In my previous post, I mused on how Microsoft’s Surface Pro tablet/laptop hybrid would be dead on arrival thanks to its $900 price tag. On further consideration, I’m convinced it will be DOA even at a lower price. As neither a tablet nor a laptop, it’s a device without a clear use case, which means it’s a solution in search of a problem. In other words, it’s a bad, bad idea.
Consider how tablets are used. The majority of buyers use them to surf the web while on the couch, browse photos, read e-books and email, watch movies and play games. Some power users also try to get actual business productivity out of them. In some cases, tablets do such tasks better than anything else – I’ve written before about how apps such as SignMyPad, which lets you sign documents with your finger, are invaluable – but in many other situations, they’re terrible. I would rather bash my head against a wall than use a tablet for spreadsheets, for example.
That’s not to say they’re not handy for business uses. Many professionals – from doctors to pilots – use them as portable displays, which come in handy for everything from patient charts to flight manuals. There are also many specialized tablet apps that do in fact make use of the touch screen in creative ways. Lighting Designer, as just one example, helps cinematographers set up shots with their fingers.
For the most part, though, hard-core computing is done on an actual computer and then transferred over to the tablet in one way or another for viewing.
Laptops, on the other hand, are the complete inverse. While all of the media consumption listed above can be done on them, there’s little question that such tasks are easier and more comfortably done on a tablet, hence the category’s success. Laptops, meanwhile, enable full content creation, which is their main use. Very few people buy them just for watching movies or reading e-books.
Because tablets enable media consumption, consumers judge them mainly on five factors: price, size and weight, app and content availability, screen sharpness and battery life. The tablets that have done well – including Amazon’s Kindle Fire and Google’s Nexus 7 – have got some variation of those right. With the iPad Mini, Apple hits almost all of those notes (with a sharper screen likely coming next year).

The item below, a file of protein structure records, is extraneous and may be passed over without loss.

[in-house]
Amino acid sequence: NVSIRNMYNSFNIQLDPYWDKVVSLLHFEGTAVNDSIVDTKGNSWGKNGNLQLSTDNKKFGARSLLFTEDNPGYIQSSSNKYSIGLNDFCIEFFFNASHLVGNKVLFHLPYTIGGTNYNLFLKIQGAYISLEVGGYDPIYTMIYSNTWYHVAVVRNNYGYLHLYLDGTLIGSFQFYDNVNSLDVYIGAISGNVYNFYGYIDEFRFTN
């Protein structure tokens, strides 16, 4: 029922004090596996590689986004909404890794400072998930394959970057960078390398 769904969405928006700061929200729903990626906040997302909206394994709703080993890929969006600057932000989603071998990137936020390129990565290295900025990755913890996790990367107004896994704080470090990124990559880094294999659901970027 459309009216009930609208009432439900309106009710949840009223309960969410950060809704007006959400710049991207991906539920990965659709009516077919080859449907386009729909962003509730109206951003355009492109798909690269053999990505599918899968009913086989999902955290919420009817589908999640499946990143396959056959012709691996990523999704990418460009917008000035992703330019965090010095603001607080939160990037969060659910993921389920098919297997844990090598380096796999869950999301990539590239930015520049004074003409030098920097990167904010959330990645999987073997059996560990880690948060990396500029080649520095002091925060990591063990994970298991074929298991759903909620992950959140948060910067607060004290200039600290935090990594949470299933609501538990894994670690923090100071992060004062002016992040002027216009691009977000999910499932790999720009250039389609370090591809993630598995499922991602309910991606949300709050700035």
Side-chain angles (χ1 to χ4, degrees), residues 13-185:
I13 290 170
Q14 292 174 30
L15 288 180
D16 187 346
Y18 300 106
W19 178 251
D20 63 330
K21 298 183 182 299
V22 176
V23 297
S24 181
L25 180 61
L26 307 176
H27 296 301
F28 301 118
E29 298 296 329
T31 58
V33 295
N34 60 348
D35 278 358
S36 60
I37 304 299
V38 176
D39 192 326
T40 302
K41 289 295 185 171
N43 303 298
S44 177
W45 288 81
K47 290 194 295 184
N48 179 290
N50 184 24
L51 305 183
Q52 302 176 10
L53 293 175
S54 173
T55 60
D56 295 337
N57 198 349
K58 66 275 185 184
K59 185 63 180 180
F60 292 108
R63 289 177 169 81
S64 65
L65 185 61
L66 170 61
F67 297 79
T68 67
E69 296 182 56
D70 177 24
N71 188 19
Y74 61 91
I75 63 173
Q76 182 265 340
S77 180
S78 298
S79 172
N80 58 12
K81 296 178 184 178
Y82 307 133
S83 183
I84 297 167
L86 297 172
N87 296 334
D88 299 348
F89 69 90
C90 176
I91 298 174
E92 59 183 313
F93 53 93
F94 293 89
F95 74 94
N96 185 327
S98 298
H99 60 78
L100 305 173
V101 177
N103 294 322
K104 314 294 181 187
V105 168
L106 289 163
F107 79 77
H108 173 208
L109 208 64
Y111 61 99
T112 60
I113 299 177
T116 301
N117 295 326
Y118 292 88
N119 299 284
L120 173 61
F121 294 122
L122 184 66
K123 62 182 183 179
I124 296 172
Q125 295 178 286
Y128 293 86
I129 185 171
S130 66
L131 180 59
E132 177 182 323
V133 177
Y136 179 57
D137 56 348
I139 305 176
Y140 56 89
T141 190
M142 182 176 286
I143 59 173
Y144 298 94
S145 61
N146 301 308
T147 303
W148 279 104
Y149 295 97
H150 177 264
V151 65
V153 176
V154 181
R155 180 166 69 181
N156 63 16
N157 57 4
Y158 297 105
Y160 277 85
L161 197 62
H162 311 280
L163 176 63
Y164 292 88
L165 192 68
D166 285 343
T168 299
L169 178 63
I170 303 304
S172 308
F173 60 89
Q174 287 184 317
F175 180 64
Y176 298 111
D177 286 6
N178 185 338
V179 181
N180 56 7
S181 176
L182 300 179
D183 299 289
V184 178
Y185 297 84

The Surface Pro – with the revelation that it’ll only have about four hours of battery life – scores in almost none of those categories. So even at a lower cost, will it be a worthwhile tablet? It’s hard to see how.
Given that, does it adequately replace a laptop? Again, no. Not only is its battery life worse than that offered by Apple’s MacBook Air and many Ultrabooks, the Surface Pro is also impractical without, y’know, an actual surface to put it on. Its kickstand and attachable Touch pad keyboard are nifty, but not at all practical for using on your lap. That is why portable computers – which are quite comfortable to use on your lap – are called laptops, after all.
It’s normally unfair to judge a product sight unseen, but it’s also hard to see a proper use case for Microsoft’s hybrid device. It’s just not better than a tablet or a laptop, but rather a limited version of both.
The Surface Pro is also hardly the first such hybrid – Lenovo, for one, has been pushing this idea for years – but Microsoft is looking for it to be the first to succeed. The reasons above are good indicators as to why, as of yet, none have.